Currently reading : Jung’s Dream
28 August 2012
Author : maxadmin
Jungs interest in alchemy began around the same time that Silberer was doing his research. He kept having a dream in which he saw that his house had another wing which he never noticed before. Jung eventually managed to gain access to this undiscovered part of the house to find that it contained a magnificent library. Upon closer inspection, he found that the books all of which were leather bound folios from the fifteen and sixteenth centuries, contained alchemical diagrams and texts.
Jung Began to study alchemical books during his waking hours, and came to believe that the alchemist was not so much trying to create precious materials from base in the laboratory, as to redeem matter. He wrote:
“The Alchemical operations were real, only this reality was not physical but psychological. Alchemy represents the projection of a drama both cosmic and spiritual in laboratory terms. The Opus Magnum had two aims: the rescue the human soul, and the salvation of the cosmos.”
The work of the Opus Magnum (The Great Work) was therefore psychological. He became convinced that the Nigredo; or the initial black chaotic stage of the work, was infact the unconscious. The various stages of the work are, according to Jung, stages in what he called the individuation, or the psychological process that marks the growth of a personality into a balanced maturity.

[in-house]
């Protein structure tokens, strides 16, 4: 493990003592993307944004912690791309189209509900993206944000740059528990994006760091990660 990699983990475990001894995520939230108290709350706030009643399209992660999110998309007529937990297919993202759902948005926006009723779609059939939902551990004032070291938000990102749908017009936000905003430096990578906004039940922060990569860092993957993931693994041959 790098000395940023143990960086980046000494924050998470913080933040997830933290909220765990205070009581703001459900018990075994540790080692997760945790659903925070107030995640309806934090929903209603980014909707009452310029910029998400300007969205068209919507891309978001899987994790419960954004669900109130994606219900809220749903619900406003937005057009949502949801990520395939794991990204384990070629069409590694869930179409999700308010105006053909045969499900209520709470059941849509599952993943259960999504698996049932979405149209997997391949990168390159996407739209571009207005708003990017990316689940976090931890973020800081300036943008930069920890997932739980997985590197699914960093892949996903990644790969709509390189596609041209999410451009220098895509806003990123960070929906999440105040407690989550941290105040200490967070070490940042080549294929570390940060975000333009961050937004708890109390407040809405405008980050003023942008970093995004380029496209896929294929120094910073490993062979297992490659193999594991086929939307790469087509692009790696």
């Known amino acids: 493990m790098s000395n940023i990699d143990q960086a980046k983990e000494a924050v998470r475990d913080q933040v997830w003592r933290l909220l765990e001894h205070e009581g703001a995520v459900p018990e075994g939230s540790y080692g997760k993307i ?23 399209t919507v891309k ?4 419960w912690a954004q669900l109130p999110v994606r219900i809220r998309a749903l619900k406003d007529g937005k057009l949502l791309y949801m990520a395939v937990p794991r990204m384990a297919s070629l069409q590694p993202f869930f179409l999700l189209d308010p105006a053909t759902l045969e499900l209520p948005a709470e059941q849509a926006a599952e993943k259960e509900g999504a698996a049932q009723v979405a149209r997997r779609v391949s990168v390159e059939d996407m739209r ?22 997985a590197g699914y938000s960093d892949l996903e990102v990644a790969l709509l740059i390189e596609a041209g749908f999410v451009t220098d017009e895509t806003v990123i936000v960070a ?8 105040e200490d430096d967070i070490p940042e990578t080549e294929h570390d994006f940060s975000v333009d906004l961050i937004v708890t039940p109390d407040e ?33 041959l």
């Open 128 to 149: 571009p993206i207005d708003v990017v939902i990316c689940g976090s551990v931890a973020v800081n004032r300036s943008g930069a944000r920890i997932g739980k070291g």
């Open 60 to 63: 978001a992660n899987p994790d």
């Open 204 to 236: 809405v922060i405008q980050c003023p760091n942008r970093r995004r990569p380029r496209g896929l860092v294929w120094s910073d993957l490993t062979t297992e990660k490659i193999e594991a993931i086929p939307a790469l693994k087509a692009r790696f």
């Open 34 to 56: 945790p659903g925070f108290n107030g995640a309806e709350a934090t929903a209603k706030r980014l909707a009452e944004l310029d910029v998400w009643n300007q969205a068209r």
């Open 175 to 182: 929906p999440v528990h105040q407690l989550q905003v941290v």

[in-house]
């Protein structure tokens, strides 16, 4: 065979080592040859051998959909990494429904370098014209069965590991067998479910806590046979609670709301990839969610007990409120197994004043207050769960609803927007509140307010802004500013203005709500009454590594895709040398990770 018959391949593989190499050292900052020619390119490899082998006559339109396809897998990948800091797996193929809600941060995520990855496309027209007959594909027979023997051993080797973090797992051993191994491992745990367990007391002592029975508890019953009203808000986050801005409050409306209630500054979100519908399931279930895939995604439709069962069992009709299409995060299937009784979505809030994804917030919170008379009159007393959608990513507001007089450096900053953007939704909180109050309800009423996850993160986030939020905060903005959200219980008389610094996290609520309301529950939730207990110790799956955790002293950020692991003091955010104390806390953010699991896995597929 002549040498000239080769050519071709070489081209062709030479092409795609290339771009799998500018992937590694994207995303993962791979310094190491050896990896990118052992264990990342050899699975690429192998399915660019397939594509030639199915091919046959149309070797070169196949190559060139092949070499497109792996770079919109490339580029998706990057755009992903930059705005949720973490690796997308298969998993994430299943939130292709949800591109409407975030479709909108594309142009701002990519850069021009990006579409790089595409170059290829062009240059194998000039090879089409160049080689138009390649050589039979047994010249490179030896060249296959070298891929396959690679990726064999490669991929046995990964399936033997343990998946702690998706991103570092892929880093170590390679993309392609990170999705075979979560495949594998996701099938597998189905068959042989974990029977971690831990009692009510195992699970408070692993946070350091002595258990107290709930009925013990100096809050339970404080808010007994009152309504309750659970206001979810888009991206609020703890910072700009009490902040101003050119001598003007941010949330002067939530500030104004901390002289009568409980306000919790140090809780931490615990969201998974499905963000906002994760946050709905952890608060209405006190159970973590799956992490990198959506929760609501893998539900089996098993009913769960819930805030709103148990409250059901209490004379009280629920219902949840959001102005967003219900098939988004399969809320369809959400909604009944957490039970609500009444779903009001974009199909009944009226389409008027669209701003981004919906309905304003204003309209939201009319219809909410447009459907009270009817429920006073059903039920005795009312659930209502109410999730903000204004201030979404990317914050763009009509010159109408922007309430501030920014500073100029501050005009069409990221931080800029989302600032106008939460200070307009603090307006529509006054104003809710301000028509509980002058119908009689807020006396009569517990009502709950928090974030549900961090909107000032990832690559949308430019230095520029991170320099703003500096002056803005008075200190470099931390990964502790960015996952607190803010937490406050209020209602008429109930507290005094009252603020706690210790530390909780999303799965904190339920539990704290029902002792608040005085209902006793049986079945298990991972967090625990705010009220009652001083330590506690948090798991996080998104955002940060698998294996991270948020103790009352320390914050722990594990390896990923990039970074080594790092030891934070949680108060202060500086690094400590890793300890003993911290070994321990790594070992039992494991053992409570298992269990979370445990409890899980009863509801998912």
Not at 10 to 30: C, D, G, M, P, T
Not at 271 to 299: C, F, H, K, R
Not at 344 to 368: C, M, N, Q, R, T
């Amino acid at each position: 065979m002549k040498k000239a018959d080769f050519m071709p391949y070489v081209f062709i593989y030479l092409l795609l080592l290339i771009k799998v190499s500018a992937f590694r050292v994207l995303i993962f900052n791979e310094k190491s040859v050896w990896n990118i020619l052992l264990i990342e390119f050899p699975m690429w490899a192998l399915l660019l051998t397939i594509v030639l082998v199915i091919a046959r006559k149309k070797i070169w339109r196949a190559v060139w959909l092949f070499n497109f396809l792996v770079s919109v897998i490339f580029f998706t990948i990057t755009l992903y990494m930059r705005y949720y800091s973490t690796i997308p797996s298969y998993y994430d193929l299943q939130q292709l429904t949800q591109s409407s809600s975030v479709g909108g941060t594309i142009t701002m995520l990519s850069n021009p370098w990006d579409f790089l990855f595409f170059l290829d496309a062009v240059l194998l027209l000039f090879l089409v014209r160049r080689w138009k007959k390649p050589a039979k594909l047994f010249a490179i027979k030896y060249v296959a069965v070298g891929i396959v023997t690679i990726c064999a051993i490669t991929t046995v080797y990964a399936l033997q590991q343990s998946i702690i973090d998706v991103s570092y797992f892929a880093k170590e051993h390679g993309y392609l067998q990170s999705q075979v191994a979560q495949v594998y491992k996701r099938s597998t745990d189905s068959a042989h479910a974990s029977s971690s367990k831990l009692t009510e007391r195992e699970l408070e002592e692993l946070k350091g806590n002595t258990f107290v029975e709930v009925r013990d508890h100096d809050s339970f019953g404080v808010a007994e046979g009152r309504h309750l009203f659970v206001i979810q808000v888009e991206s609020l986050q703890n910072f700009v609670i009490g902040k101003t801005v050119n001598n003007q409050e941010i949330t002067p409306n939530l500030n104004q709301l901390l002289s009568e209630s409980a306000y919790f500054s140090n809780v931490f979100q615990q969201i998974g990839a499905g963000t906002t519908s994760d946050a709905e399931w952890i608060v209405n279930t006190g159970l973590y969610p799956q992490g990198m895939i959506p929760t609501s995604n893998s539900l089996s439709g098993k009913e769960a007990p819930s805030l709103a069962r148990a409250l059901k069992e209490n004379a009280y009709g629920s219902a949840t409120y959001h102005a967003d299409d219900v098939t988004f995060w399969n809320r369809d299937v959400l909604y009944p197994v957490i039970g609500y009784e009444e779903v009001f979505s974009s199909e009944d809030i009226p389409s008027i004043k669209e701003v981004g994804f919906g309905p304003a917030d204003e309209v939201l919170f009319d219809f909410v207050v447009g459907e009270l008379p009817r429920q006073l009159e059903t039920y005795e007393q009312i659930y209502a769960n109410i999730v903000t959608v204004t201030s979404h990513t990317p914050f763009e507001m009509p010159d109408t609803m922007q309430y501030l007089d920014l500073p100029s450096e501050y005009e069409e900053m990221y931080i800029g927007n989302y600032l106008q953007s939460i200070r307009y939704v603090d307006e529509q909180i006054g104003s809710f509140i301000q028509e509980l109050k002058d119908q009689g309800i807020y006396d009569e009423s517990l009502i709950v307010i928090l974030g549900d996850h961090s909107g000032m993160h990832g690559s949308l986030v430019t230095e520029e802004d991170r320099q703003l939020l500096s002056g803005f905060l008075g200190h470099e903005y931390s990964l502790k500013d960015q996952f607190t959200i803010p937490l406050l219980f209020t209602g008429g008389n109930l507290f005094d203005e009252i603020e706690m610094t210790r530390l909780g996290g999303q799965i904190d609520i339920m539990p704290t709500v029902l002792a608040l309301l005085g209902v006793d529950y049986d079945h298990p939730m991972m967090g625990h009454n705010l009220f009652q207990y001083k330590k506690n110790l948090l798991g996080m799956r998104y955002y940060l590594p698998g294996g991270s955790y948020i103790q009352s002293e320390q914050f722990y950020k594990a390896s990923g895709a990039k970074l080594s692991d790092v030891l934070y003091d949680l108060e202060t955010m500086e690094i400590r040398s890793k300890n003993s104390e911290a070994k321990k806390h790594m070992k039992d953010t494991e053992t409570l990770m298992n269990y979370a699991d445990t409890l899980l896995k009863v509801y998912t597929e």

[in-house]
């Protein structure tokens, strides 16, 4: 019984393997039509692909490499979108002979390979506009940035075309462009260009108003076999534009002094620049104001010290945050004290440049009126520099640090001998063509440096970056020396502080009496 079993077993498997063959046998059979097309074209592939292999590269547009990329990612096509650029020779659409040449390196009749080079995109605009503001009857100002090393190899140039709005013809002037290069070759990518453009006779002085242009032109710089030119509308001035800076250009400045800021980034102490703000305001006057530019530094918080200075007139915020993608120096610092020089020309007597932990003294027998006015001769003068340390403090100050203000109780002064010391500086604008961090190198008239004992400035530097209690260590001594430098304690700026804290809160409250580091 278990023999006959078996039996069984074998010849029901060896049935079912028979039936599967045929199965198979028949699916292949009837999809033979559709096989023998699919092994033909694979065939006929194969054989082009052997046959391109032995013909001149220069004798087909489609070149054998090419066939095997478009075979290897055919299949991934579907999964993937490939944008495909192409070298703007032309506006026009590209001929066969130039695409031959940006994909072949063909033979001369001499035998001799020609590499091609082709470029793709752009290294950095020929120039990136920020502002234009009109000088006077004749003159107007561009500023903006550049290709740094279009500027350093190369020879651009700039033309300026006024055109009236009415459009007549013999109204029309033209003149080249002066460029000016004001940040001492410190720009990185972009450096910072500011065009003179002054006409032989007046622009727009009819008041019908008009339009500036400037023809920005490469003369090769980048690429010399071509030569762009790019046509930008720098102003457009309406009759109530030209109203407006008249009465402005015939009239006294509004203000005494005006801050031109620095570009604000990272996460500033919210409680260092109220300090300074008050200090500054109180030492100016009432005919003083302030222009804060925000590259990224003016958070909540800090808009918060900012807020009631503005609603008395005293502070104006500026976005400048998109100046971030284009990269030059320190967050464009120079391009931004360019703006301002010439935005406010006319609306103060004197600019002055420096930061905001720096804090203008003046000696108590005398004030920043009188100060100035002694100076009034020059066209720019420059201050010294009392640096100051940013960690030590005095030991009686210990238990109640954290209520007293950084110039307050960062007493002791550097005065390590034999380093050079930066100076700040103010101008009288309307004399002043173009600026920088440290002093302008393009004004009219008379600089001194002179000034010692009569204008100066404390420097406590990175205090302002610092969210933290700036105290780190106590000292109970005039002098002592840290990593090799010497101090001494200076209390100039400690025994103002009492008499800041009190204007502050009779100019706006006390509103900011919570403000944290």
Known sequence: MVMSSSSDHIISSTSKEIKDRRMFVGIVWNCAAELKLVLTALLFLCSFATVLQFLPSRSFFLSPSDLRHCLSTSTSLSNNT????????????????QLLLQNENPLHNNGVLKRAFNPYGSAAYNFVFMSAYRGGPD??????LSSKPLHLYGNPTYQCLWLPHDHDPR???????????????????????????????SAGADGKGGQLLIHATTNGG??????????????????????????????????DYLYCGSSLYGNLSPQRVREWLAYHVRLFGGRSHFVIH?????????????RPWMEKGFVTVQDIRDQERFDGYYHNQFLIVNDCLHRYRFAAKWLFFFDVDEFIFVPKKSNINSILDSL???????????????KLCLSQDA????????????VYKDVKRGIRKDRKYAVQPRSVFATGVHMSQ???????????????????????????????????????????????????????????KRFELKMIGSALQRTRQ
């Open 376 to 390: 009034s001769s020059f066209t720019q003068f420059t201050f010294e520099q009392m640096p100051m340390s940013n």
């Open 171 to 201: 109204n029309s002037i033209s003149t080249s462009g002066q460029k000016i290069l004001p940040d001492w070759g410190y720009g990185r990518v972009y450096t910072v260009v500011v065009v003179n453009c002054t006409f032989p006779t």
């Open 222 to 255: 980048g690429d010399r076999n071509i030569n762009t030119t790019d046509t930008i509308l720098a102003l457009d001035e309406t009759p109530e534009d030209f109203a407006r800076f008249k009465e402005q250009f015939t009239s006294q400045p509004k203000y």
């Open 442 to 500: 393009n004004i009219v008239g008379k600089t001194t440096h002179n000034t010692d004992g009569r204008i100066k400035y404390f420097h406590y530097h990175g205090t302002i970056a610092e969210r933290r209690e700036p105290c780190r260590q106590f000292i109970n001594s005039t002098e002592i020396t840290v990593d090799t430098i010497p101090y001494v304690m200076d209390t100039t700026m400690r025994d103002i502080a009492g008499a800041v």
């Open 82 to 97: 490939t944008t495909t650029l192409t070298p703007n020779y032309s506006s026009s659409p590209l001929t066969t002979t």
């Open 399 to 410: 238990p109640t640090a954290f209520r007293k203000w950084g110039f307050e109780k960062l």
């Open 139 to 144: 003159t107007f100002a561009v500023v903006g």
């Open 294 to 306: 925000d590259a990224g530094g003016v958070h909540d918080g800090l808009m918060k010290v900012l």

In the first stage, the matter is cooked in the vessel. This corresponds im Jung’s view, to a personal crisis that threatens to destroy the personality. Yet in order for the sufferer to recover fully, the personality will have to be destroyed anyway but voluntarily. This surrender of the ego is vital to the process’ ability to heal and brings to mind the dictum stressing that in order for the work to be successful, the alchemist needs to be humble (ego free).
In the later stages of the work, the self is purified, which would correspond to the albedo or whitening of the matter and in the Citrinitas stage the individual would continue on their path of recovery through learning to become grounded again. The final stage, that of Rubedo would involve a complete integration and acceptance of the persons experiences and personality. Jung held that we all go through this process many times through the course of our life.
– Sean Martin (Alchemy & Alchemists)
Painting: David Teniers the Younger, the Alchemist